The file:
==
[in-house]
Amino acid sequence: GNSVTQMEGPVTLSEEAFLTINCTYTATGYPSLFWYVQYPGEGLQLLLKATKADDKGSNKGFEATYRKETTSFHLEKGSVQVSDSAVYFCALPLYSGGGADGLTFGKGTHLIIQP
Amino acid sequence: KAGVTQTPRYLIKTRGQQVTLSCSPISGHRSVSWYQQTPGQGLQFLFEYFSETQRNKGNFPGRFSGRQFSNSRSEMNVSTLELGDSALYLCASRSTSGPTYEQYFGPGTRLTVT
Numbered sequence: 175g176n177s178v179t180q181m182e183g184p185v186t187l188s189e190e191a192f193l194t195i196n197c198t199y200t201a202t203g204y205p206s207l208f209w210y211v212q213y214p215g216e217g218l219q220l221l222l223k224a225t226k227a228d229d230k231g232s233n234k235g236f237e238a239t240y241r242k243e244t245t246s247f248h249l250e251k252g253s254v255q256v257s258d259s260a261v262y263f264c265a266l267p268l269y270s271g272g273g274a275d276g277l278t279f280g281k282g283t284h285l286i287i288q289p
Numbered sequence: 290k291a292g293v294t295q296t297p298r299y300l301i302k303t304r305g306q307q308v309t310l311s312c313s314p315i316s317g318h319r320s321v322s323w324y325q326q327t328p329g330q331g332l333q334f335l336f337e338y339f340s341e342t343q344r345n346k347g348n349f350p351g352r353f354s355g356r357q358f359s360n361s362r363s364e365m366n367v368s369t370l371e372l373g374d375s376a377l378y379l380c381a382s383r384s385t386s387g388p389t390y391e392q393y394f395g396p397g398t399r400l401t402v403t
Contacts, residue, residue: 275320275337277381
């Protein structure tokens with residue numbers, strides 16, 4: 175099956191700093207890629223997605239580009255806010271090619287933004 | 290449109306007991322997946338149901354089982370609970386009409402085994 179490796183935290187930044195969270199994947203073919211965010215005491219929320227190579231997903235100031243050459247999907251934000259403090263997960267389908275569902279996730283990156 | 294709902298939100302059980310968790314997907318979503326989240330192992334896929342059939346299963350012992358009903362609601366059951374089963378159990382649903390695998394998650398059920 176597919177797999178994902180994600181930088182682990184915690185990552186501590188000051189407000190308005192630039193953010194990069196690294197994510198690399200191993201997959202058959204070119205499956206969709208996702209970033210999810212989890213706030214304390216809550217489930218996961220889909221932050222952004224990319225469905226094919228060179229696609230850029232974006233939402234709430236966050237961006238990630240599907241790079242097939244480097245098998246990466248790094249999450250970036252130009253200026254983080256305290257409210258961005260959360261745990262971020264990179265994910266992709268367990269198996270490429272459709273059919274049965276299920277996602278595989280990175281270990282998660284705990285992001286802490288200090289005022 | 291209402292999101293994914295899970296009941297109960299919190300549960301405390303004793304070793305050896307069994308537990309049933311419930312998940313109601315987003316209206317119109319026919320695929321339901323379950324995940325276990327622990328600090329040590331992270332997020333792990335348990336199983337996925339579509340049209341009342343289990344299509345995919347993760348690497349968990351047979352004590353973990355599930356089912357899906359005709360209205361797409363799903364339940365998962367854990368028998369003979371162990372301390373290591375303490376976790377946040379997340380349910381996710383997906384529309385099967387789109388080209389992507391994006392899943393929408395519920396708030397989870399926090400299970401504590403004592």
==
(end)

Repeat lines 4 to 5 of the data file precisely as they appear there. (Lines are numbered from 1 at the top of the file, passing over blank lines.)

Numbered sequence: 175g176n177s178v179t180q181m182e183g184p185v186t187l188s189e190e191a192f193l194t195i196n197c198t199y200t201a202t203g204y205p206s207l208f209w210y211v212q213y214p215g216e217g218l219q220l221l222l223k224a225t226k227a228d229d230k231g232s233n234k235g236f237e238a239t240y241r242k243e244t245t246s247f248h249l250e251k252g253s254v255q256v257s258d259s260a261v262y263f264c265a266l267p268l269y270s271g272g273g274a275d276g277l278t279f280g281k282g283t284h285l286i287i288q289p
Numbered sequence: 290k291a292g293v294t295q296t297p298r299y300l301i302k303t304r305g306q307q308v309t310l311s312c313s314p315i316s317g318h319r320s321v322s323w324y325q326q327t328p329g330q331g332l333q334f335l336f337e338y339f340s341e342t343q344r345n346k347g348n349f350p351g352r353f354s355g356r357q358f359s360n361s362r363s364e365m366n367v368s369t370l371e372l373g374d375s376a377l378y379l380c381a382s383r384s385t386s387g388p389t390y391e392q393y394f395g396p397g398t399r400l401t402v403t